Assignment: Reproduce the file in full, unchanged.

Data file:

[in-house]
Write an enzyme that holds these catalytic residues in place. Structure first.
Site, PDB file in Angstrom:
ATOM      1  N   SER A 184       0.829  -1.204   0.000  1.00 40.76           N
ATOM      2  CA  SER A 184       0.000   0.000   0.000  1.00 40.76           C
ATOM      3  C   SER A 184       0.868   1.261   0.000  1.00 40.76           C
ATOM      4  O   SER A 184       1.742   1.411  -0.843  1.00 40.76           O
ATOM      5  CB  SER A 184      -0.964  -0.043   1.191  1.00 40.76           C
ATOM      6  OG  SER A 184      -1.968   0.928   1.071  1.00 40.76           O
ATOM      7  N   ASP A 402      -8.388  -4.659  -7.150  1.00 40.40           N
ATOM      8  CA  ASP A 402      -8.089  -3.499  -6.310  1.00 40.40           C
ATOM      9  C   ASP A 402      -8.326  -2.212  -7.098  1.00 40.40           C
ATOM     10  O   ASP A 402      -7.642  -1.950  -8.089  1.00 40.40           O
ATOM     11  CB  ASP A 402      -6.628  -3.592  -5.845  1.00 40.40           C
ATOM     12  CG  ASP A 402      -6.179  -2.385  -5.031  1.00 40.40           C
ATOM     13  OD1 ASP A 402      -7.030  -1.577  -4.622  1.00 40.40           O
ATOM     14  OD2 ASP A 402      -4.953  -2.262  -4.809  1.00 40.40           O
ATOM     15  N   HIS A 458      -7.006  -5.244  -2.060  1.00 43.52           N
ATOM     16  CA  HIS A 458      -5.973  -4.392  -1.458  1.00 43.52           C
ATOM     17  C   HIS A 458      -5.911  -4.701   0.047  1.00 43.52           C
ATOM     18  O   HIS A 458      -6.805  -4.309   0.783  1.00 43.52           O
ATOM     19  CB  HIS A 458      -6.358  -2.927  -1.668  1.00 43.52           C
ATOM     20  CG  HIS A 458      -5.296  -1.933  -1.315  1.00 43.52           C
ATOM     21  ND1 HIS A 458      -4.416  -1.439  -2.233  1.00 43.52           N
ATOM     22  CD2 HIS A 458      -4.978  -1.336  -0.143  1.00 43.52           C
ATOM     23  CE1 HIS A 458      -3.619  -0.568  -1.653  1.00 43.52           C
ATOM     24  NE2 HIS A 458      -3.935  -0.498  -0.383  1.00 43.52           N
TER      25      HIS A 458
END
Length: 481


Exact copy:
[in-house]
Write an enzyme that holds these catalytic residues in place. Structure first.
Site, PDB file in Angstrom:
ATOM      1  N   SER A 184       0.829  -1.204   0.000  1.00 40.76           N
ATOM      2  CA  SER A 184       0.000   0.000   0.000  1.00 40.76           C
ATOM      3  C   SER A 184       0.868   1.261   0.000  1.00 40.76           C
ATOM      4  O   SER A 184       1.742   1.411  -0.843  1.00 40.76           O
ATOM      5  CB  SER A 184      -0.964  -0.043   1.191  1.00 40.76           C
ATOM      6  OG  SER A 184      -1.968   0.928   1.071  1.00 40.76           O
ATOM      7  N   ASP A 402      -8.388  -4.659  -7.150  1.00 40.40           N
ATOM      8  CA  ASP A 402      -8.089  -3.499  -6.310  1.00 40.40           C
ATOM      9  C   ASP A 402      -8.326  -2.212  -7.098  1.00 40.40           C
ATOM     10  O   ASP A 402      -7.642  -1.950  -8.089  1.00 40.40           O
ATOM     11  CB  ASP A 402      -6.628  -3.592  -5.845  1.00 40.40           C
ATOM     12  CG  ASP A 402      -6.179  -2.385  -5.031  1.00 40.40           C
ATOM     13  OD1 ASP A 402      -7.030  -1.577  -4.622  1.00 40.40           O
ATOM     14  OD2 ASP A 402      -4.953  -2.262  -4.809  1.00 40.40           O
ATOM     15  N   HIS A 458      -7.006  -5.244  -2.060  1.00 43.52           N
ATOM     16  CA  HIS A 458      -5.973  -4.392  -1.458  1.00 43.52           C
ATOM     17  C   HIS A 458      -5.911  -4.701   0.047  1.00 43.52           C
ATOM     18  O   HIS A 458      -6.805  -4.309   0.783  1.00 43.52           O
ATOM     19  CB  HIS A 458      -6.358  -2.927  -1.668  1.00 43.52           C
ATOM     20  CG  HIS A 458      -5.296  -1.933  -1.315  1.00 43.52           C
ATOM     21  ND1 HIS A 458      -4.416  -1.439  -2.233  1.00 43.52           N
ATOM     22  CD2 HIS A 458      -4.978  -1.336  -0.143  1.00 43.52           C
ATOM     23  CE1 HIS A 458      -3.619  -0.568  -1.653  1.00 43.52           C
ATOM     24  NE2 HIS A 458      -3.935  -0.498  -0.383  1.00 43.52           N
TER      25      HIS A 458
END
Length: 481